IN THE World Bank, everyone calls this program manager and lead water and sanitation specialist as Param. His full name is Parameswaran Iyer, a 1981 batch Uttar Pradesh cadre IAS who took voluntary retirement about seven years ago. In a rare instance, the Narendra Modi government in an order dated February 3, roped in this IAS-turned sanitation specialist as union secretary in charge of the ministry of drinking water and sanitation, the agency that anchors the Centre’s ambitious programme of Swachh Bharat Mission, or Clean India Mission. Iyer’s appointment will be on a contract basis for…two years. It’s also expected that this appointment may encourage many other former IAS officers currently specializing in key sectors such as health, infrastructure, finance, banking etc. either in India or abroad, to explore a second innings in the corridors.
The government, in fact, has realized that Swachh Bharat has not been able to make a huge impact though the total number of toilets being constructed across the country has gone up in the last one and half years. The Clean India Mission was initially driven by a Gujarat cadre IAS of 1980 batch — Ms Vijay Laxmi Joshi, the then secretary in the ministry of drinking water and sanitation, but her sudden decision to take voluntary retirement from the government in November last year, created a huge vacuum there. Initially, the secretary’s post was handed over to the then rural development secretary Jugal Kishore Mohapatra on an adhoc basis.
In the backdrop of an ongoing generalist versus specialist debate, where many argue that IAS officers, the generalists, take charge of many a specialist’s job, Iyer’s appointment has given a new lease of life to the debate of need to appoint specialists for key government missions. Yes, Iyer was an IAS officer but he has worked in water and sanitation departments for nearly two decades if his experiences in the government and World Bank in water and sanitation work are combined, undoubtedly making him an expert in the field.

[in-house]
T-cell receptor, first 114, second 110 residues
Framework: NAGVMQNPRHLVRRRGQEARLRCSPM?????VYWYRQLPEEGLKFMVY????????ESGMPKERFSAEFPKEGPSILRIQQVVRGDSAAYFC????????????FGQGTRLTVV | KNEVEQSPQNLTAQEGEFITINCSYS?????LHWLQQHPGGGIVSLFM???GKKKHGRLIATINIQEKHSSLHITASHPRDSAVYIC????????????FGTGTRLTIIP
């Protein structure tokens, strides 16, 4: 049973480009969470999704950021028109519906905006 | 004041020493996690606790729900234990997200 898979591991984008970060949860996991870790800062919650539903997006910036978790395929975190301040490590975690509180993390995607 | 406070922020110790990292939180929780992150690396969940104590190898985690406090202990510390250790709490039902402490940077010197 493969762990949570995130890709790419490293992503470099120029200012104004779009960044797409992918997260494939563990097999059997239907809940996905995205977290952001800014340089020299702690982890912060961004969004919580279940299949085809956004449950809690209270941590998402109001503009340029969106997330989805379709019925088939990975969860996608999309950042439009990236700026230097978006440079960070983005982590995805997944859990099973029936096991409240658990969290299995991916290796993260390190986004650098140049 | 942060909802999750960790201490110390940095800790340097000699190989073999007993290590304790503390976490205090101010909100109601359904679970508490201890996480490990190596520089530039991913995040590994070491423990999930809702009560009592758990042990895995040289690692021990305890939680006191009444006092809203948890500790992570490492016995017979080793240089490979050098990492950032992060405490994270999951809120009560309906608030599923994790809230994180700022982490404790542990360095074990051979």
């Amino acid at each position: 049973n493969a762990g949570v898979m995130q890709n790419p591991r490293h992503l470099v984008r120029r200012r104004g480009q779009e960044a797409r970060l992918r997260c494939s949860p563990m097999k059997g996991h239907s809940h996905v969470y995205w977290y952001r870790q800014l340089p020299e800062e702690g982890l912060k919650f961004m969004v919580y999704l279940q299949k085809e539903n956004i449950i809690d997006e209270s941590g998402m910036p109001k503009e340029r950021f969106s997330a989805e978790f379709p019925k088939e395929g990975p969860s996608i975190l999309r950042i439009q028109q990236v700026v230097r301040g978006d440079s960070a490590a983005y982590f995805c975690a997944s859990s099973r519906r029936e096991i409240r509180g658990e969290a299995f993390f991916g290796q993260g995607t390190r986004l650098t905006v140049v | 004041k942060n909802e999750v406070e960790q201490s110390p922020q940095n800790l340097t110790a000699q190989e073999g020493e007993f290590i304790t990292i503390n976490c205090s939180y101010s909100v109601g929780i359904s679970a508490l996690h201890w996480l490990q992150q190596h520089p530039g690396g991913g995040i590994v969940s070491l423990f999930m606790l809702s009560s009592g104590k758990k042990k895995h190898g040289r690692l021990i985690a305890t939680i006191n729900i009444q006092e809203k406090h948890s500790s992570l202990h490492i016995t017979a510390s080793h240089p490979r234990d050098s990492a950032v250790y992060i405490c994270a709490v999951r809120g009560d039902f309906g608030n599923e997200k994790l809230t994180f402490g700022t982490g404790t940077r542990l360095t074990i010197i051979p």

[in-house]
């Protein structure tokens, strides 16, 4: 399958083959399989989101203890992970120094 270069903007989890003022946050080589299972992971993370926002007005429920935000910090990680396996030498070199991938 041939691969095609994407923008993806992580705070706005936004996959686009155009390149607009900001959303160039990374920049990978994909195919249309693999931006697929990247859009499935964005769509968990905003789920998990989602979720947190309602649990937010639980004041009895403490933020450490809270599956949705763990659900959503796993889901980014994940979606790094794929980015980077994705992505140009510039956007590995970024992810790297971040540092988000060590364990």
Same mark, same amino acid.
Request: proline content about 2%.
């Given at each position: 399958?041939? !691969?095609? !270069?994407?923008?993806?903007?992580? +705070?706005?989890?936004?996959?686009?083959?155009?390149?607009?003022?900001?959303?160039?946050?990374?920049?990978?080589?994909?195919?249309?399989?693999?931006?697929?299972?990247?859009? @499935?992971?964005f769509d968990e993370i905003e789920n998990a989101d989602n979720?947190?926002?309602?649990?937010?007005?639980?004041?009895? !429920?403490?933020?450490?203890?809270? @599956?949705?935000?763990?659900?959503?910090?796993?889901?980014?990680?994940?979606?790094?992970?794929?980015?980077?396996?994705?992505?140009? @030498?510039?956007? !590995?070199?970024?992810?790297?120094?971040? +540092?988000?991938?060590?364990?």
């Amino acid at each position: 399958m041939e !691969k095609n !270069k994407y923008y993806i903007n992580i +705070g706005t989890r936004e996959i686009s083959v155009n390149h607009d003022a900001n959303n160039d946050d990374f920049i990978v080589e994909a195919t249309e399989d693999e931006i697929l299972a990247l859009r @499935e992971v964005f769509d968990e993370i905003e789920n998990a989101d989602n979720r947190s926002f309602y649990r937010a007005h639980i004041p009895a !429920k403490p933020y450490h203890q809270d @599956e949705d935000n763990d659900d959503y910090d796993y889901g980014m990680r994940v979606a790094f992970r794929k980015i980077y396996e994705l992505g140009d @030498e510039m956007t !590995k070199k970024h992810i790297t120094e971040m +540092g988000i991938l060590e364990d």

As an IAS, he worked in the union ministries of defence and textiles in1980s, and was then collector and district magistrate in UP’s Bijnor district.
But he developed real expertise in water and sanitation during his eight years long innings in United Nation’s World Food Program (1998-2006) where he had worked as a senior water and sanitation specialist. For him, it was a government-approved foreign assignment and he could continue his rank as director to government of India during that posting. But he did not come back to the government and instead, continued working abroad. He finally took voluntary retirement from IAS in June, 2009 after DoPT reminded him of his failure to join back the service.
In the World Bank, Iyer has been working on water supply and sanitation issues since June 2012. Currently based in Hanoi, Vietnam, he was previously posted in Washington on Egypt and Lebanon and prior to that in the Bank’s Water Anchor. “He has led two Bank operations in Vietnam using the new Program for Results lending instrument and is currently working on a third focusing on sanitation in the Northern Mountains and Central Highlands regions”, according to his profile posted in the World Bank site. Undoubtedly, Iyer has a key role to play in Vietnam's sanitation drive. Vietnam has set the target of making it an open defecation free nation by 2025.
So, will Iyer in his second innings in the government expedite the Centre’s mission of constructing more and more toilets in India? If you read his published articles on sanitation, Iyer may change the Swachh Bharat approach. After all, there have been news reports saying how in UP villages, people prefer open defecation than using their newly-built toilets. “The biggest lesson learned so far in Vietnam and other countries is that eliminating open defecation is not driven by construction of toilets. It is driven by changing behavior at the community level based on quality, evidence-based interventions. What is also clear is that approaches must be tailored to the specific context with careful consideration of local factors such as ethnicity,” wrote Iyer in a November 2014 blog for the World Bank’s site.Just wait and watch. Swachh Bharat Mission may soon get a Vietnamese twist.